Elden Ring Colosseum PvP is a fun but dishonorable free-for-all that rips up the rule book

Elden Ring
(Image credit: FromSoftware)

The first rule of Elden Ring fight club is… well, if you've sampled PvP since the Elden Ring Colosseum update launched earlier today (December 7, 2022), you'll know that there pretty much are none. Now that Elden Ring's fabled colosseums are finally real, it seems honor and glory in organized ritual combat have been thrust into the back seat faster than a fumbling Revenant. It's early days yet, granted, but it's the wild west out there – with Flasks of Crimson Tears being chugged like there's no tomorrow, and umpteen OP spells and projectiles being tossed around more often than Frazier's salad. 

Perhaps I'm just sour because I keep getting my arse kicked within the hallowed concrete forums of Limgrave, Caelid and Leyndell, but from what I've played so far, this form of PvP operates well outside the unspoken decorum of FromSoftware games past. Call me a grump, but I'm a product of the Dark Souls fight clubs of old, and this is a different beast entirely.

Put 'em up

Elden Ring Colosseum Update

(Image credit: Bandai Namco)
BUILT IT AND THEY'LL FIGHT

In the build-up to the latest PvP update, Elden Ring players feared a Colosseum meta dominated by Rivers of Blood – a devastating katana attack that can be dual-wielded if the player in possession is strong enough. Not long after Elden Ring's launch back in February, players unanimously condemned the Rivers of Blood katana as overpowered, and yet it is indeed currently running amok on the crimson-stained floors of the Colosseums, at least in my experience. 

The game does govern this to an extent by granting different rules across each of the Colosseums themselves. In Limgrave, for example, players can fight in team battles (which now support up to six players instead of four) or free-for-alls, but not in straight-up 'Duels'. Here, Spirit Ashes are banned in battle – but can be used in Caelid, which, when dueling alongside a friendly Lone Wolf Ash, can give PvP a bit of a Pokemon feel. Caelid is hands-down the biggest deviation from old-school Soulsborne fight clubs, and going free-for-all in a six-player battle royale is fast and furious. Once I got used to how frantic these forays unfold – and, likewise, once I got over myself – I actually had great fun here, although I struggled to get matched up with a full complement of six players with any degree of consistency.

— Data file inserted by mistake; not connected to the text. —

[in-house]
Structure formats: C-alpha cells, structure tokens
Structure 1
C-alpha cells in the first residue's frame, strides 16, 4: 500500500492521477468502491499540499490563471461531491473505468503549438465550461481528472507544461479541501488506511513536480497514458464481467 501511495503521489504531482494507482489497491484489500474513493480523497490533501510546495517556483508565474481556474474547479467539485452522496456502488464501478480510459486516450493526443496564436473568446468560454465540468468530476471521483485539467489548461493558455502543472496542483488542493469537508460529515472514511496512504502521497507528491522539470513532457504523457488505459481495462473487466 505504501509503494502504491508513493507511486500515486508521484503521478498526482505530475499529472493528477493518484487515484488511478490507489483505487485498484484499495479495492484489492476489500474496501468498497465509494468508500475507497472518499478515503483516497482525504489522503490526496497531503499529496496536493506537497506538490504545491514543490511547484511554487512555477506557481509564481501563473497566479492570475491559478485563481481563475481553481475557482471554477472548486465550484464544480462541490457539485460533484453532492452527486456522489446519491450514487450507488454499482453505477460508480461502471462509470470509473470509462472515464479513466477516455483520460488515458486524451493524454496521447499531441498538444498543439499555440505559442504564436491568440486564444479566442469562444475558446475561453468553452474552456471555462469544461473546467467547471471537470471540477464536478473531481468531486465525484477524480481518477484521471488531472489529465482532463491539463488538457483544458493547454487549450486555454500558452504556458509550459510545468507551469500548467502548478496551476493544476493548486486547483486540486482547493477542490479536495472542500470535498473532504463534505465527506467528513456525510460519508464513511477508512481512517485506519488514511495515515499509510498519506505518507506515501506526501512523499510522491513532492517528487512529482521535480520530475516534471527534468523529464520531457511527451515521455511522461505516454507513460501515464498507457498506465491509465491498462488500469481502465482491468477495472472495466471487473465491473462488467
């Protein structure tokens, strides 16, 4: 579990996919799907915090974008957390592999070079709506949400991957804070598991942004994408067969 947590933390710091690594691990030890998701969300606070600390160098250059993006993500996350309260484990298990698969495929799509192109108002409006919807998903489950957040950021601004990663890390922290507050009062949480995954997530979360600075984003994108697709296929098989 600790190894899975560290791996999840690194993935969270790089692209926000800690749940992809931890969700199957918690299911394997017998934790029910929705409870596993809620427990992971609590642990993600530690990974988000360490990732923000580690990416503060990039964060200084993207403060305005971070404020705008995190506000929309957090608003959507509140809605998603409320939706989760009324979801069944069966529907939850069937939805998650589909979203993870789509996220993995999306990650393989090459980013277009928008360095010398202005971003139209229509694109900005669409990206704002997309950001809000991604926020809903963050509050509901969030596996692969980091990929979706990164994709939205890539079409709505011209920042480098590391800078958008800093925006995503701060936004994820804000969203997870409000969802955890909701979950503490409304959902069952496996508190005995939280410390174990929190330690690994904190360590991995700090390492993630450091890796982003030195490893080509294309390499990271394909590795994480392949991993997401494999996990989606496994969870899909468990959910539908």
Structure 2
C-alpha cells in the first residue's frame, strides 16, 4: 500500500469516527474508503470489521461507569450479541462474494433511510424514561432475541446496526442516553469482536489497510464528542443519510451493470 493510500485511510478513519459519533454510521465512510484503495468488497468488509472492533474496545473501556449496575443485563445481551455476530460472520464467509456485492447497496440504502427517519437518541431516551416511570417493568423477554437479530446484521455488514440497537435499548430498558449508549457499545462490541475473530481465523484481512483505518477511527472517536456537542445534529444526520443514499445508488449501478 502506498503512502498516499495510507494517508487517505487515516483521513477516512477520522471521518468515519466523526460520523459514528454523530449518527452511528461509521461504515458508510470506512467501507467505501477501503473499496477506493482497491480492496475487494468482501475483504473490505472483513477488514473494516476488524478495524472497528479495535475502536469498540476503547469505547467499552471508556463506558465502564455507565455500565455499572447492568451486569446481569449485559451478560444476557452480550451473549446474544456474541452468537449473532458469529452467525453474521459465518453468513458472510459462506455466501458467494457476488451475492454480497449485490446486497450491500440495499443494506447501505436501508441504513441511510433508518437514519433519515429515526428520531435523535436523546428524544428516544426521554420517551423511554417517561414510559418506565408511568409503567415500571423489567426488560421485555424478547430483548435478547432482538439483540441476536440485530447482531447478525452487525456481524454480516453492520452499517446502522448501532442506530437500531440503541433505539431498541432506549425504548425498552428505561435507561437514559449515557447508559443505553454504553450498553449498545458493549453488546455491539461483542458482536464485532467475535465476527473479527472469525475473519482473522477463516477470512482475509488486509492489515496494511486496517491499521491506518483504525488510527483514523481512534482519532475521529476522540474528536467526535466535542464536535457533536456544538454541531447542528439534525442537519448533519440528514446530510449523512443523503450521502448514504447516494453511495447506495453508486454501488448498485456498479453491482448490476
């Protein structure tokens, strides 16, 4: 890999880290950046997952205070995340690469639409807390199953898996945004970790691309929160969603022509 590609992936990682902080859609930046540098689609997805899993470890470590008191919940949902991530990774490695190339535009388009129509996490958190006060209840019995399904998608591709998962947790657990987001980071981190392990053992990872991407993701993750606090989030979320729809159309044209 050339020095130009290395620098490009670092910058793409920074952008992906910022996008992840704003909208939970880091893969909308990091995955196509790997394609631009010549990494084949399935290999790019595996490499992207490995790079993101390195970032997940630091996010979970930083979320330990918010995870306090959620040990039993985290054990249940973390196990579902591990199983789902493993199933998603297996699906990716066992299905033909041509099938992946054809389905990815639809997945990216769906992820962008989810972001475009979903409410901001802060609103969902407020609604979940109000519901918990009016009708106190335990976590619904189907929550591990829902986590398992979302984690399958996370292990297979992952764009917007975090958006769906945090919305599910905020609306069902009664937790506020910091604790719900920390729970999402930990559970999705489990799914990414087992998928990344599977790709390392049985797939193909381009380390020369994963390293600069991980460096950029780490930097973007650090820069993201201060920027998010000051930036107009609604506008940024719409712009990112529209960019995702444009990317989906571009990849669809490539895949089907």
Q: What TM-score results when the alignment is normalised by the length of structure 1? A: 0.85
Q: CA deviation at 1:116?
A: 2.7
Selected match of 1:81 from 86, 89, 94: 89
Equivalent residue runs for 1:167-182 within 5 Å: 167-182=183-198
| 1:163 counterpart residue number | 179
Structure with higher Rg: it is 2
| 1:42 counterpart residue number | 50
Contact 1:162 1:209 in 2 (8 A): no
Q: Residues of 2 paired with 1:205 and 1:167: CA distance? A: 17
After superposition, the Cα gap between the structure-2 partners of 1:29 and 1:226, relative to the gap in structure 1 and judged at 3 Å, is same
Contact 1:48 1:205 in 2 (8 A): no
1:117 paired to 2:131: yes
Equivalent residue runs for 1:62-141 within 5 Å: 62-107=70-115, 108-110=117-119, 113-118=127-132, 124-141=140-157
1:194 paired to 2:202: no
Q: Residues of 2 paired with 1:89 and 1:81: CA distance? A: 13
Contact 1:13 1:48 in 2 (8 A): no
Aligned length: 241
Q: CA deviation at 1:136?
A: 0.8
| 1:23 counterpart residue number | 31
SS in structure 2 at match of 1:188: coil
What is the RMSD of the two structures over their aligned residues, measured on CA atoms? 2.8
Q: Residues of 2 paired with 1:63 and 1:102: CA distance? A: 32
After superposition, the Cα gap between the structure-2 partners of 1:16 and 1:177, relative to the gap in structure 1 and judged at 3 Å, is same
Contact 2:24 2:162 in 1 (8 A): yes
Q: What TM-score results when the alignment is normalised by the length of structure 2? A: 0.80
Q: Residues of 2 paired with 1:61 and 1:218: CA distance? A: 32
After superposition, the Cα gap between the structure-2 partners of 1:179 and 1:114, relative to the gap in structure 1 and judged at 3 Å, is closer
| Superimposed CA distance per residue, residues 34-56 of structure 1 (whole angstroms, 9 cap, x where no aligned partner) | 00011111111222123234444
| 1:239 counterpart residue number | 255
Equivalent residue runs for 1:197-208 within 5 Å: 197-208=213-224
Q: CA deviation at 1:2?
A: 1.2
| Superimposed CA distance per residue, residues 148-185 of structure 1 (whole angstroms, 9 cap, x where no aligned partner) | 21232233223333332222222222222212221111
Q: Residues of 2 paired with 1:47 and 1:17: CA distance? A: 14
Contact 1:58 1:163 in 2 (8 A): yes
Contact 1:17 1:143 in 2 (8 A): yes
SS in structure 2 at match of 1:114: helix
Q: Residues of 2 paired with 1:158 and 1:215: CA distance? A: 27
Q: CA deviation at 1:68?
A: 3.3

Elden Ring

(Image credit: FromSoftware)

"If they go toe-to-toe, so do I. If they chug a health flask, I do too. If they whip out the big-hitting magic spells, I drown 'em with a burst of Rennala's Full Moon."

Lastly, the Royal Colosseum in Leyndell is a duel-only arena, where the rules pay deference to the best and most honorable combatants. Spirit Ashes are banned, for example, as are health flasks. But magic-replenishing Flasks of Cerulean Tears are allowed, meaning a few of my bouts here saw me being dominated by OP sorcerers picking me off from range. When you do get someone who wants to go hard and heavy in close-quarters melee, a la old school Dark Souls fight clubs, these scuffles are a total joy, ruined only for me by the fact ping appeared to be at its worst here for reasons I can't be sure of. 

All told, what I've found to be the most enjoyable approach to the Elden Ring Colosseum update so far is to match the style of my opponents – especially if we're locking horns in 1v1. If they go toe-to-toe, so do I. If they chug a health flask, I do too. If they whip out the big-hitting magic spells, I drown 'em with a burst of Rennala's Full Moon. I might never get over the fact that fight clubs as we once knew them in FromSoftware games are all but gone now here Elden Ring – but that's only more incentive to Git Gud among the ranks of the grizzled vets knocking at the door of the Royal Colosseum. Perhaps I'll see you in there. Just lose the magic flask, yeah? 


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Joe Donnelly
Features Writer, GamesRadar+

Joe is a Features Writer at GamesRadar+. With over five years of experience working in specialist print and online journalism, Joe has written for a number of gaming, sport and entertainment publications including PC Gamer, Edge, Play and FourFourTwo. He is well-versed in all things Grand Theft Auto and spends much of his spare time swapping real-world Glasgow for GTA Online’s Los Santos. Joe is also a mental health advocate and has written a book about video games, mental health and their complex intersections. He is a regular expert contributor on both subjects for BBC radio. Many moons ago, he was a fully-qualified plumber which basically makes him Super Mario.